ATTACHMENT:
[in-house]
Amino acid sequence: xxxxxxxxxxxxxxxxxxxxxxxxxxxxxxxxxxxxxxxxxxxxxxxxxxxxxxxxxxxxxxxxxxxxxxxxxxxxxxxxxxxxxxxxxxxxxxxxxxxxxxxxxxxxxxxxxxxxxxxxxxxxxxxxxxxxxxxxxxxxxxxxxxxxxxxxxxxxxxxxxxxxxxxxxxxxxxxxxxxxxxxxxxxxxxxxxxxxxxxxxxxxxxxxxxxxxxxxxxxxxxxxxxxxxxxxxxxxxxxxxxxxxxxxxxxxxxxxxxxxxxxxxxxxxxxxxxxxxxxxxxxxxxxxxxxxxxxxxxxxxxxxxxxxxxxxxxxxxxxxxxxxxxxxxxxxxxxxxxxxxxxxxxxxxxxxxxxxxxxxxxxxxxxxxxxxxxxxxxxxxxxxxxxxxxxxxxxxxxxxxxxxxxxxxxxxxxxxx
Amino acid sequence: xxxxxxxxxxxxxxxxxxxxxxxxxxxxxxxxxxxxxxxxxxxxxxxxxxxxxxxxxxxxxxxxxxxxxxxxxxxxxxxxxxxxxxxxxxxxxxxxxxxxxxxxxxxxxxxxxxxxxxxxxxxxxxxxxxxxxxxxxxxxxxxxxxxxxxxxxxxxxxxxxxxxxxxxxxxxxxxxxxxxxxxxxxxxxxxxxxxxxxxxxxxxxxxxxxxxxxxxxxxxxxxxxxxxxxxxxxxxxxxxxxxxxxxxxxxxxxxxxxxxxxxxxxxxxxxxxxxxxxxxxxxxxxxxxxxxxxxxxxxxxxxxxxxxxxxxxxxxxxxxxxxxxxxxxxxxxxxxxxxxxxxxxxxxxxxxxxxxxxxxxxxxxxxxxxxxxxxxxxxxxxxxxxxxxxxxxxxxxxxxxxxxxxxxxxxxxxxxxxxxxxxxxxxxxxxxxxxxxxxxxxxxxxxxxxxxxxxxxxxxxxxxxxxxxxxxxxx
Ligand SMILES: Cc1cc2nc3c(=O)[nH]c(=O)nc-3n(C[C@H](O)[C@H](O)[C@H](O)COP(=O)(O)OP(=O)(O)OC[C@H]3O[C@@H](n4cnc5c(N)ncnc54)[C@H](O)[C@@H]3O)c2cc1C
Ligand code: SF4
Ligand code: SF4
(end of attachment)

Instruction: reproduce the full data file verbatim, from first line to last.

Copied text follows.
[in-house]
Amino acid sequence: xxxxxxxxxxxxxxxxxxxxxxxxxxxxxxxxxxxxxxxxxxxxxxxxxxxxxxxxxxxxxxxxxxxxxxxxxxxxxxxxxxxxxxxxxxxxxxxxxxxxxxxxxxxxxxxxxxxxxxxxxxxxxxxxxxxxxxxxxxxxxxxxxxxxxxxxxxxxxxxxxxxxxxxxxxxxxxxxxxxxxxxxxxxxxxxxxxxxxxxxxxxxxxxxxxxxxxxxxxxxxxxxxxxxxxxxxxxxxxxxxxxxxxxxxxxxxxxxxxxxxxxxxxxxxxxxxxxxxxxxxxxxxxxxxxxxxxxxxxxxxxxxxxxxxxxxxxxxxxxxxxxxxxxxxxxxxxxxxxxxxxxxxxxxxxxxxxxxxxxxxxxxxxxxxxxxxxxxxxxxxxxxxxxxxxxxxxxxxxxxxxxxxxxxxxxxxxxxx
Amino acid sequence: xxxxxxxxxxxxxxxxxxxxxxxxxxxxxxxxxxxxxxxxxxxxxxxxxxxxxxxxxxxxxxxxxxxxxxxxxxxxxxxxxxxxxxxxxxxxxxxxxxxxxxxxxxxxxxxxxxxxxxxxxxxxxxxxxxxxxxxxxxxxxxxxxxxxxxxxxxxxxxxxxxxxxxxxxxxxxxxxxxxxxxxxxxxxxxxxxxxxxxxxxxxxxxxxxxxxxxxxxxxxxxxxxxxxxxxxxxxxxxxxxxxxxxxxxxxxxxxxxxxxxxxxxxxxxxxxxxxxxxxxxxxxxxxxxxxxxxxxxxxxxxxxxxxxxxxxxxxxxxxxxxxxxxxxxxxxxxxxxxxxxxxxxxxxxxxxxxxxxxxxxxxxxxxxxxxxxxxxxxxxxxxxxxxxxxxxxxxxxxxxxxxxxxxxxxxxxxxxxxxxxxxxxxxxxxxxxxxxxxxxxxxxxxxxxxxxxxxxxxxxxxxxxxxxxxxxxxx
Ligand SMILES: Cc1cc2nc3c(=O)[nH]c(=O)nc-3n(C[C@H](O)[C@H](O)[C@H](O)COP(=O)(O)OP(=O)(O)OC[C@H]3O[C@@H](n4cnc5c(N)ncnc54)[C@H](O)[C@@H]3O)c2cc1C
Ligand code: SF4
Ligand code: SF4